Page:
The party was from 6–8 pm on a Sunday night. We made cupcakes, ordered pizzas, and packed a cooler full of seltzers. The folks at the rink would take care of the rest of it. I was excited about the party but, as always, I felt a slight pit of anxiety at the thought of being in a big social situation. 

I’m better in small settings — just a few close friends where everyone can hear what the other people are saying and settle into a conversation at a natural pace. In large groups, I always clam up and worry that I’m taking too much of someone’s time or that I’m too dull or annoying.

And hosting is always the worst for me — so much responsibility to make sure everyone is happy. Plus, I’ve been so busy lately with my new job that I hadn’t really had time to prepare for this skating party. Besides making cupcakes I hadn’t really done anything. At the last minute, I borrowed some bellbottoms and a cool polyester shirt from my teenage daughter and put on some sparkly eye shadow.

We got to the rink at 5:45 pm — just enough time to lay out the food and put on our skates before the guests arrived at 6 pm. The DJ pumped the jams as Nancy and I warmed up and got our skating legs going. By the time the first guests arrived at 6:05 pm we were comfortable and in the groove.

Because we had to wear masks at the rink I couldn’t wear my glasses so, as people checked in at the front, I couldn’t tell who was arriving. I could only greet people as they joined us on the skating floor and got close enough for me to see them. I’d wave as I passed them or as they passed me. It was perfect — there was no awkward hello, how are you, thanks for coming. There was no standing around navigating how to deepen or end the conversation.

It was amazing. People skated off and back onto the floor throughout the night. Some people just hung out on the sidelines and watched the skaters. But I stayed on the skate floor for almost the entire time. I was safe there, free from uncomfortable chit-chat. It was the perfect escape for my host anxiety syndrome.

My favorite part of the night was the limbo where the rink host invited everyone to the middle and we ducked under the pole as he lowered it one rung at a time. We all lined up and went one by one, trying to scrunch our bodies down so as not to knock the pole.

Kids almost always have organized birthday parties. The parents plan it and the kids follow the activity plan. But as adults, we rarely do that. We force ourselves to sit in little clusters making conversation. No wonder we have to ply ourselves with alcohol! It’s hard work and, at least for me, kind of stressful.

I love it when the host has a plan. A few years ago a friend hosted a mock Great British Baking Show for her fortieth. Another friend hosted a pentathlon for her fiftieth. One year at a family Thanksgiving we spent the weekend painting watercolors between rounds of Bananagrams. These structured group activities are my favorite. They are truly fun and relaxing for me.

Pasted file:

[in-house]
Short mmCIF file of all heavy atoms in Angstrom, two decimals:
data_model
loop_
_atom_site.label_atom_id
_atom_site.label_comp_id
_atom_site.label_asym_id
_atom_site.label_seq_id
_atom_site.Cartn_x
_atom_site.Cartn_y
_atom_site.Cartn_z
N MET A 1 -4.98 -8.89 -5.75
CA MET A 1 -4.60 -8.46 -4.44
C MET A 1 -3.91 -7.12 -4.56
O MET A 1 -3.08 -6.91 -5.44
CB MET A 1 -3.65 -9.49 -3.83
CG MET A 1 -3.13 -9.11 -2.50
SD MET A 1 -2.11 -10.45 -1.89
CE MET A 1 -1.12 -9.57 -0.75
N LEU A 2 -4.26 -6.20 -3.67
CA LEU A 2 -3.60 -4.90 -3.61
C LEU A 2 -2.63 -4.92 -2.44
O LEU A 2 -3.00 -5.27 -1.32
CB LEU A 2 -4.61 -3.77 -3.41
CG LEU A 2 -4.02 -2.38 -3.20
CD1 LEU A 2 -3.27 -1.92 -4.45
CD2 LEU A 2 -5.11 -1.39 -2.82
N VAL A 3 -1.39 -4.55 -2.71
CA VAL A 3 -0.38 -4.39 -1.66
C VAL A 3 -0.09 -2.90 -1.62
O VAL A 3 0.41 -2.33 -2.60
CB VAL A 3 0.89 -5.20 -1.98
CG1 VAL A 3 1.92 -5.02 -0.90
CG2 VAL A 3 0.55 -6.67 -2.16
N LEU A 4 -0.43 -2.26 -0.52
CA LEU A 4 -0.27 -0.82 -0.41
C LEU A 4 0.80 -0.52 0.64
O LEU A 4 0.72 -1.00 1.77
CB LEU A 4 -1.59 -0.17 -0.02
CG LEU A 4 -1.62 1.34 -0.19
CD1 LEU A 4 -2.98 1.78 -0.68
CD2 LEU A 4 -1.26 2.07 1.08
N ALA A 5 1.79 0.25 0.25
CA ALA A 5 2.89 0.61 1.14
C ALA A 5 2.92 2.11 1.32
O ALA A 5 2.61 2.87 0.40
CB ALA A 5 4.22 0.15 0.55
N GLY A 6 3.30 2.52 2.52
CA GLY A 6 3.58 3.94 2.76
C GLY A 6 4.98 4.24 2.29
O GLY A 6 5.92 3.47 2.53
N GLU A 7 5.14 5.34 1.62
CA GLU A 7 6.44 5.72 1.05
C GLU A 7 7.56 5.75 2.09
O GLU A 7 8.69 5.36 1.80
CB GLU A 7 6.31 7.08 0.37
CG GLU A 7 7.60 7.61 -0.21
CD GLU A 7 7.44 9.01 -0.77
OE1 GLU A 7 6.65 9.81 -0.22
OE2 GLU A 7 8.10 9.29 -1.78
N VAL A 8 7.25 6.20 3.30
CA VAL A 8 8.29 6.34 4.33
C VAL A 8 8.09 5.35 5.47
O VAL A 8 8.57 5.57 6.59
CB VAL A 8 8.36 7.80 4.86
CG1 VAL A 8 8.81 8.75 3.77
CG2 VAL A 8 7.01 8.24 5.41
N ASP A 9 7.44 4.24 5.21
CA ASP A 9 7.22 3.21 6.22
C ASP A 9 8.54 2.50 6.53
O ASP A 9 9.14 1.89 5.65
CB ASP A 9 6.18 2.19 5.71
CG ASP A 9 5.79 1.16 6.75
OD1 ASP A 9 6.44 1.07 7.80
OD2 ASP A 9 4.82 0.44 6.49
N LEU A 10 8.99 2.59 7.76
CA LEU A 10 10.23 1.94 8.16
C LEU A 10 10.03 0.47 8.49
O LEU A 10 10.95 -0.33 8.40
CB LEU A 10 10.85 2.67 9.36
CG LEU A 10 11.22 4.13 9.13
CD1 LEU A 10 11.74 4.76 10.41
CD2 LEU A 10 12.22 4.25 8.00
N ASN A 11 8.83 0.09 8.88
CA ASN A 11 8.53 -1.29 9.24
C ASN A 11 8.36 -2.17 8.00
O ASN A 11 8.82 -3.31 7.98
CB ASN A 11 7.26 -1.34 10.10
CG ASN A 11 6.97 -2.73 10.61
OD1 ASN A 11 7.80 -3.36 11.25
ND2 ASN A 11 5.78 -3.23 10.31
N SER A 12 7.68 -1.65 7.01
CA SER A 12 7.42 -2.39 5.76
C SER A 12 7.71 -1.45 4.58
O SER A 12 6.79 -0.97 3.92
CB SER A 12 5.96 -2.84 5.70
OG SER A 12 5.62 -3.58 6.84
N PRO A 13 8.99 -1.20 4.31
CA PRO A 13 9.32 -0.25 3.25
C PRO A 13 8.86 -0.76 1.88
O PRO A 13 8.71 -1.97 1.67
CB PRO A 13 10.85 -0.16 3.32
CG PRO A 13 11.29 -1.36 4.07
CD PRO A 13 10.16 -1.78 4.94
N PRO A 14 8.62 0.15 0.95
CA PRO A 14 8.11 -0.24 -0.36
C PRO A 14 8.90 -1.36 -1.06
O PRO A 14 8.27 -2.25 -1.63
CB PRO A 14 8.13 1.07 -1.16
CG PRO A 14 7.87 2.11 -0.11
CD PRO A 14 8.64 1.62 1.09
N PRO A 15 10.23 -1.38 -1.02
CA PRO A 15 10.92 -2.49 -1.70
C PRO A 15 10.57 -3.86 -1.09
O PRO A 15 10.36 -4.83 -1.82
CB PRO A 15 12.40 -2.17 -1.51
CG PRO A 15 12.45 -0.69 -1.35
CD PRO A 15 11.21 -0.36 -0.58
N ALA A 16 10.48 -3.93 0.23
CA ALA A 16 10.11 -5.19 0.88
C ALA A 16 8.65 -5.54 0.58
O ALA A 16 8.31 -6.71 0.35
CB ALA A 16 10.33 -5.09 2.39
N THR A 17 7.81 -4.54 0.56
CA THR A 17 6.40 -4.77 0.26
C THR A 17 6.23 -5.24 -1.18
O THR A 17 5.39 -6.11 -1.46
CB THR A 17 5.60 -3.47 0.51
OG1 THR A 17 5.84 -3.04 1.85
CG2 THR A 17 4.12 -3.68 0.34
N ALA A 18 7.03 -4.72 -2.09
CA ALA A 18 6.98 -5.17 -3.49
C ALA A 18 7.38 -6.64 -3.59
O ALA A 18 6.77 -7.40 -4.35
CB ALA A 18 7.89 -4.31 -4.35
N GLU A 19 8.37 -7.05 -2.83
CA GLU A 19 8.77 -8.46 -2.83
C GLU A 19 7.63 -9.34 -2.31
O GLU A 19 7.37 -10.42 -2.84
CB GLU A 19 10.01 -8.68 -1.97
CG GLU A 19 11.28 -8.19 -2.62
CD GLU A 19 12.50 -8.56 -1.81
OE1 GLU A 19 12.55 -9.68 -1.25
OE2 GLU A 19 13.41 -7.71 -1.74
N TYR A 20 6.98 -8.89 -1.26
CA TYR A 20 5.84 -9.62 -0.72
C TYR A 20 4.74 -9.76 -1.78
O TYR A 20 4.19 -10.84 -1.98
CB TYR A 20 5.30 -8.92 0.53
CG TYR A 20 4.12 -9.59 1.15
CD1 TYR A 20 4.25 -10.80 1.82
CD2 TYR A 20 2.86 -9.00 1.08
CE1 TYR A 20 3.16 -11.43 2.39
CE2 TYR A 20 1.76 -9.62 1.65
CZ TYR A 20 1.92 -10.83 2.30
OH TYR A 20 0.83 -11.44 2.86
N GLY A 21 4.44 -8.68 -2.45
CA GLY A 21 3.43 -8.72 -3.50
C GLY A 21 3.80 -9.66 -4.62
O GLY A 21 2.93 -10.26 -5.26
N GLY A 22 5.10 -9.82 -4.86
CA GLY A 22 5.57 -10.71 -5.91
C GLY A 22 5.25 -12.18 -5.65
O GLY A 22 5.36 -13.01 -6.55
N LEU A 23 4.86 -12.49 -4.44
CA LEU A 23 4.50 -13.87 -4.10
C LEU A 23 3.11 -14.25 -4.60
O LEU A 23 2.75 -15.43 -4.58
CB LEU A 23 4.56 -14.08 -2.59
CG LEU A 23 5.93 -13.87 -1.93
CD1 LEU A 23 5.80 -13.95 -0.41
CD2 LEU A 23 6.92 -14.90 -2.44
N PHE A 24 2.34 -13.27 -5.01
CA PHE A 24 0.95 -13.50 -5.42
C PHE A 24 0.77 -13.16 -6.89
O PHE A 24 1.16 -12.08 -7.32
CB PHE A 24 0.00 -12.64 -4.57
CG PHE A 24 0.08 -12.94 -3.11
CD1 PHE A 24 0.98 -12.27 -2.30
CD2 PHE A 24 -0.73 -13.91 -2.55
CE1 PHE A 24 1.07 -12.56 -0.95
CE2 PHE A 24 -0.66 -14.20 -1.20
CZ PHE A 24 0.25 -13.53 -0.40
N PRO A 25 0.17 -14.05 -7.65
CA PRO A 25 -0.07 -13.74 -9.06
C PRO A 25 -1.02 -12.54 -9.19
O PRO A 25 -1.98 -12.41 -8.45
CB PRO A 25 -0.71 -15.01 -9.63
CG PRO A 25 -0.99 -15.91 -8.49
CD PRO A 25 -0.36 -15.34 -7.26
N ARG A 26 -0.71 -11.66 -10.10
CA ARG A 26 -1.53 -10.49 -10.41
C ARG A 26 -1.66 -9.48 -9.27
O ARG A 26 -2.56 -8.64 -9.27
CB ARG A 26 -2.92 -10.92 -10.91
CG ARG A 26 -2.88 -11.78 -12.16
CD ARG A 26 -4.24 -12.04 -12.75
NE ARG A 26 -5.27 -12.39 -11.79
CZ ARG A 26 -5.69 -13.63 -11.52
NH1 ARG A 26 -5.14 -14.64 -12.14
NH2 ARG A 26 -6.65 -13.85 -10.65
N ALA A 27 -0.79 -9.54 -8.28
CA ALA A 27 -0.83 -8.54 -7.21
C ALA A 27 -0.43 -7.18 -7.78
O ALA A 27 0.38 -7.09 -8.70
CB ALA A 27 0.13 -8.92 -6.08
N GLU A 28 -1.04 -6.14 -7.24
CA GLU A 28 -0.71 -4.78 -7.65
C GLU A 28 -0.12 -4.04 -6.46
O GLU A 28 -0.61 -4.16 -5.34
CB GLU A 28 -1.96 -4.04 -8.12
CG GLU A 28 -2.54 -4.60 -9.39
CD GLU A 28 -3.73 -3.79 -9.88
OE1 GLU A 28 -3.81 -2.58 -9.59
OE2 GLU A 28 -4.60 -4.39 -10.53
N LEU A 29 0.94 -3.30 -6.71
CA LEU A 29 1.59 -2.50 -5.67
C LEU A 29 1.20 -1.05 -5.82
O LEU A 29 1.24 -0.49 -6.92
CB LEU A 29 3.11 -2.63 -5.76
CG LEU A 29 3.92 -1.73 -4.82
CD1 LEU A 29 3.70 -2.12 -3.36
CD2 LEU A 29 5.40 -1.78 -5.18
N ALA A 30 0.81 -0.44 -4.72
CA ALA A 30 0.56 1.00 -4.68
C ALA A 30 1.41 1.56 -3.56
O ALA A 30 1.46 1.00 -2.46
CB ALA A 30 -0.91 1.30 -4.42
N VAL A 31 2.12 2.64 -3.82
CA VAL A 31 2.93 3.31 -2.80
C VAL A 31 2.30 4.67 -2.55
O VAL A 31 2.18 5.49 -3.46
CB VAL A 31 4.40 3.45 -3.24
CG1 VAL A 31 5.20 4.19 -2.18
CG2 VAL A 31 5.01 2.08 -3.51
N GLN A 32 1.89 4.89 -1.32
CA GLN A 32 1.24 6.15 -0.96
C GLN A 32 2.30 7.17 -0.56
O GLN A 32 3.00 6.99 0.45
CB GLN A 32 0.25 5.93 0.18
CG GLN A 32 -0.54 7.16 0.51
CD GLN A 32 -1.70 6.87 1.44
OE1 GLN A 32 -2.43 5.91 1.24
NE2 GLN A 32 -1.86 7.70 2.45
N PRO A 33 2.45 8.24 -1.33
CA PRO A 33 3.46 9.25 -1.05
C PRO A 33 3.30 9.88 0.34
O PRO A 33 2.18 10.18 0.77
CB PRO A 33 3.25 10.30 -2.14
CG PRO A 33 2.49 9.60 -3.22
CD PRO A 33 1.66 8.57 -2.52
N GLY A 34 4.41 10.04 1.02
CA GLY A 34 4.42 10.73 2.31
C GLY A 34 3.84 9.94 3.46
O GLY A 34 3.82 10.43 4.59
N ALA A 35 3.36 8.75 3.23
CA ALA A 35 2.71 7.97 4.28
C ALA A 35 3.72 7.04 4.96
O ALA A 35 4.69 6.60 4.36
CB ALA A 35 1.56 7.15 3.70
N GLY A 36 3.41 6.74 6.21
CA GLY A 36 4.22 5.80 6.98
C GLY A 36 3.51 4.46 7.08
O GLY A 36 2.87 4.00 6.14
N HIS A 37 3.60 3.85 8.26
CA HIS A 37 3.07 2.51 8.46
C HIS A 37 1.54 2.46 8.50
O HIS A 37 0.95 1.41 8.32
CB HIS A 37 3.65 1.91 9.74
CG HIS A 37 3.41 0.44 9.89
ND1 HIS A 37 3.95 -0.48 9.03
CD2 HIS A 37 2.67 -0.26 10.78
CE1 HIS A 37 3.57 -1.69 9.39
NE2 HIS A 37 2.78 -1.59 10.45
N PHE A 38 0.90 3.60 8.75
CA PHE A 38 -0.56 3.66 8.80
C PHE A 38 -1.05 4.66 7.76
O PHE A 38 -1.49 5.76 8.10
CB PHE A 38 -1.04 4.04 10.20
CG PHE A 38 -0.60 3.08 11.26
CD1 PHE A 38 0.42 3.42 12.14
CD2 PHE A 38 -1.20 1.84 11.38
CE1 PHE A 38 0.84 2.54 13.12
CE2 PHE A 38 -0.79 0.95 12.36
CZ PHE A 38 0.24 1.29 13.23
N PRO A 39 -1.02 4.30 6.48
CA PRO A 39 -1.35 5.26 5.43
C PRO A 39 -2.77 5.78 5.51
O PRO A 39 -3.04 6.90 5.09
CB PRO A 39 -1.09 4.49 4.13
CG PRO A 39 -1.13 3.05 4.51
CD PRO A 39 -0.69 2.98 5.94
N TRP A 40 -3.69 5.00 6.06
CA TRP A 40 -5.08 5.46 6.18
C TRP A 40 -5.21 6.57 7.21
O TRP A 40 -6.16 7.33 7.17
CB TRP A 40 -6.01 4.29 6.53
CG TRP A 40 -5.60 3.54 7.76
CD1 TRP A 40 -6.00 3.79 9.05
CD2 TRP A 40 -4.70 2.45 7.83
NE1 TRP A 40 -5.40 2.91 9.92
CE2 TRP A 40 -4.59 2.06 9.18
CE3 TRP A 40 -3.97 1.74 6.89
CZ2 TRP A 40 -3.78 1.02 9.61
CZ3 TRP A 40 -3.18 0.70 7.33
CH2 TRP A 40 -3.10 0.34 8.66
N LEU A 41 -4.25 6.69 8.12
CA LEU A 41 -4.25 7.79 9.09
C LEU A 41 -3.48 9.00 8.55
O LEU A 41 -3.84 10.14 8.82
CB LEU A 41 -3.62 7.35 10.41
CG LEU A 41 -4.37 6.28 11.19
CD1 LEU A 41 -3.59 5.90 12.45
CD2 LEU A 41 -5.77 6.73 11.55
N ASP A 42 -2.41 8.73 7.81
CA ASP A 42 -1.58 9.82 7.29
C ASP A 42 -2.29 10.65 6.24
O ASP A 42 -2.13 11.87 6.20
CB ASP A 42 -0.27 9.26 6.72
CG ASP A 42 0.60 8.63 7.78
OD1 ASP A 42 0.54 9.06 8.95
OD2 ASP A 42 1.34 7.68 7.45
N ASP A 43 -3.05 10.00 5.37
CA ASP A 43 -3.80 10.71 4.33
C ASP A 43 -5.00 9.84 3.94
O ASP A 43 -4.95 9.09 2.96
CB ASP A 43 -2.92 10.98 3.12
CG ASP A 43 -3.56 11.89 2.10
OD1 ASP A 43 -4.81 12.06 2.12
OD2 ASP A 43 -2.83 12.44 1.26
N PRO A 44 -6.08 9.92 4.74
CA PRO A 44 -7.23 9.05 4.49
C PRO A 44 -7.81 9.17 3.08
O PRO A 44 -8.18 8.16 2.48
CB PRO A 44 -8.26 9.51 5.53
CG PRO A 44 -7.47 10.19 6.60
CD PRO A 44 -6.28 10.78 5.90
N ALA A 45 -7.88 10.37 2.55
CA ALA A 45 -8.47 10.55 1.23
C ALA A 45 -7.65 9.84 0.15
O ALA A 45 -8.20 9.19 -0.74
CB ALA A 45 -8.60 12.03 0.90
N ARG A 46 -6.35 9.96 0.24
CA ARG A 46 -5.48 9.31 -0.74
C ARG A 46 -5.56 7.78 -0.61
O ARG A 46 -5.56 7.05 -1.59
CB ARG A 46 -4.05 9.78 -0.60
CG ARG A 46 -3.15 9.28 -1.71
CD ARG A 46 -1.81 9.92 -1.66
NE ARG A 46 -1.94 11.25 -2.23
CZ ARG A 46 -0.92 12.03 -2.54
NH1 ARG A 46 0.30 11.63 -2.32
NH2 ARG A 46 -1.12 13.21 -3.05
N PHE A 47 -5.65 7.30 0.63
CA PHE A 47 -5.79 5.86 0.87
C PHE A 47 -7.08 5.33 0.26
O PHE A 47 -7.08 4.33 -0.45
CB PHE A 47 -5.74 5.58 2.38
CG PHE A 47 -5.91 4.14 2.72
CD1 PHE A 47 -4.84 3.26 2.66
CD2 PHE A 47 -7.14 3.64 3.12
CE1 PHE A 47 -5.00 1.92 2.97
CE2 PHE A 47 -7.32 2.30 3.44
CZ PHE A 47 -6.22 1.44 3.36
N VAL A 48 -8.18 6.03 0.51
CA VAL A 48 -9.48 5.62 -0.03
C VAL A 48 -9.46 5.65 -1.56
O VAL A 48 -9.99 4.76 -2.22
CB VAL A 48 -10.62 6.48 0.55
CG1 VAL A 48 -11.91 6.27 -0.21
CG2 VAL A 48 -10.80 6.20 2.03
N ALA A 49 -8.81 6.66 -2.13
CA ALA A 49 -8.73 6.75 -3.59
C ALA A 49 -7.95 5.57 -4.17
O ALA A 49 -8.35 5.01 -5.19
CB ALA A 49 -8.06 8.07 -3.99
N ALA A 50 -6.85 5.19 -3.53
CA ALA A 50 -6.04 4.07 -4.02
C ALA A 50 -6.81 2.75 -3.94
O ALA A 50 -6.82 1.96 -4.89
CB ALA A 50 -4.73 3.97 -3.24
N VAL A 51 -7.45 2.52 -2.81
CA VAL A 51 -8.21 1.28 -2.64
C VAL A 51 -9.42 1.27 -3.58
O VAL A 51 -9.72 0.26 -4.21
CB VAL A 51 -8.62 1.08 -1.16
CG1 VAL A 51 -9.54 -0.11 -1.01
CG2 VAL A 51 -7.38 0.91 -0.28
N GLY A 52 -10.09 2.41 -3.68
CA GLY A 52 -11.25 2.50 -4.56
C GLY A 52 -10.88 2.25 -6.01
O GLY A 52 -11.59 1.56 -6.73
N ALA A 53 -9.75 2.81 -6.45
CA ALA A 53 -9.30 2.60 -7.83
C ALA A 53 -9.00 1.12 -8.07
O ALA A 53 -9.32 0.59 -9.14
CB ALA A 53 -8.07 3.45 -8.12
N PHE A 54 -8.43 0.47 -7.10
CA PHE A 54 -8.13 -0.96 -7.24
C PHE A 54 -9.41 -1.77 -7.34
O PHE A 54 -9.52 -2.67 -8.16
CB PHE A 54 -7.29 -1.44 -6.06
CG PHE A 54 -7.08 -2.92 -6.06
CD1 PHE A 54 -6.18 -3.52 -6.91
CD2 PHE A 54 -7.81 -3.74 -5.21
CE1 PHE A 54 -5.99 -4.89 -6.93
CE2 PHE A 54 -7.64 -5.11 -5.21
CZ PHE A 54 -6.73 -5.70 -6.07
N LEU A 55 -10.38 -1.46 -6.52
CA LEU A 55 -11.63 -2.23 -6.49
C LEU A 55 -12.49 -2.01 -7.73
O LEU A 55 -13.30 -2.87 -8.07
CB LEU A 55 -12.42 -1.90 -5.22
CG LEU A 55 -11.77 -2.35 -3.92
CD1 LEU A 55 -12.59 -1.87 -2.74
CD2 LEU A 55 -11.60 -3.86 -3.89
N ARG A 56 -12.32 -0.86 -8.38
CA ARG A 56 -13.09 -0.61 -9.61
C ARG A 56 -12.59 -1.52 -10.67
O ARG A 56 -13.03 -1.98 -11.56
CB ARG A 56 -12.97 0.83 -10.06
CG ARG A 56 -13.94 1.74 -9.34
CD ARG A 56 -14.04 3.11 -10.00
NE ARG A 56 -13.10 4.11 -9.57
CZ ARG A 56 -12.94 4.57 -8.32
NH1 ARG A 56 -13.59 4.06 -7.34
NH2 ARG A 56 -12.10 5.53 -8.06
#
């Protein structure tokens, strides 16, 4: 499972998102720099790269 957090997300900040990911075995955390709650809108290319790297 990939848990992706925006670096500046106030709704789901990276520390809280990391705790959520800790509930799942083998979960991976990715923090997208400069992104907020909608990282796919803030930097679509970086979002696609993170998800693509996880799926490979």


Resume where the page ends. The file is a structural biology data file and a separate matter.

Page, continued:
And the rollerskating party was too. It was fun. It was light. It was easy. It was joyful. And it was all of these things because we could just let go. We could NOT talk about work or parenting or caretaking our older parents. We could NOT talk about politics or COVID or climate change. My friend Megan texted me afterward, “There’s something about going around in circles to music and lights and puffs of smoke that make me forget all my worries!” Exactly!!!

As the evening wore on there was a natural exodus. Little group by little group, people got done skating. They turned their skates in for their street shoes. They put on their coats and waved goodbye. Nancy and I were the last ones off the skating floor. After two hours we felt done too. The goodbye was as unawkward as the hello. Now that’s my idea of a party.

Sunday, November 21, 2021

Be Like the Bird Watcher


For my partner’s birthday yesterday, I coordinated an Introduction to Bird Watching class with the two of us, two friends, and a guide. It was a cold sunny morning and we gathered at a local horticultural center to wander among the trees and ponds. 

The first step was a lesson in properly using binoculars. Though we have a few pairs of binoculars, it turns out I’ve never used them correctly. To focus the left eye you close the right eye and use the center dial. Then, to focus the right eye you close the left eye and adjust the lens with a moveable ring on the right side. Once each lens is separately adjusted the binoculars work as they are supposed to — bringing full focus into whatever you are trying to see.

The next step is finding the image you are trying to focus on with the binoculars. Before using the binoculars you have to detect the image itself with your natural eyes. You have to place it in space before you deepen your focus on it. 

This was a big lesson for me. In the past, I’ve tried to find the image — the bird, the boat, the bloom — just with my binoculars. That technique has left me feeling like I’m watching a video produced and directed by a baby. Our guide told us to find what we are trying to amplify first. Then, keeping our eyes on the image, bring the binoculars to our eyes. 

Yesterday we saw twenty-six bird species ranging from the Canada Goose to the Yellow-Rumped Warbler. I couldn’t capture the detail of every bird we saw, but I was able to bring into focus some things I’d never seen before. With the binoculars used properly, I could see the copper belt on the female Belted Kingfisher. I could see the distinctive flat bill on the Northern Shoveler. And when we got close to my favorite bird, the Great Blue Heron, I could see, as she stood still as a statue, the wispy white chest feathers like two tiny watercolor brush strokes.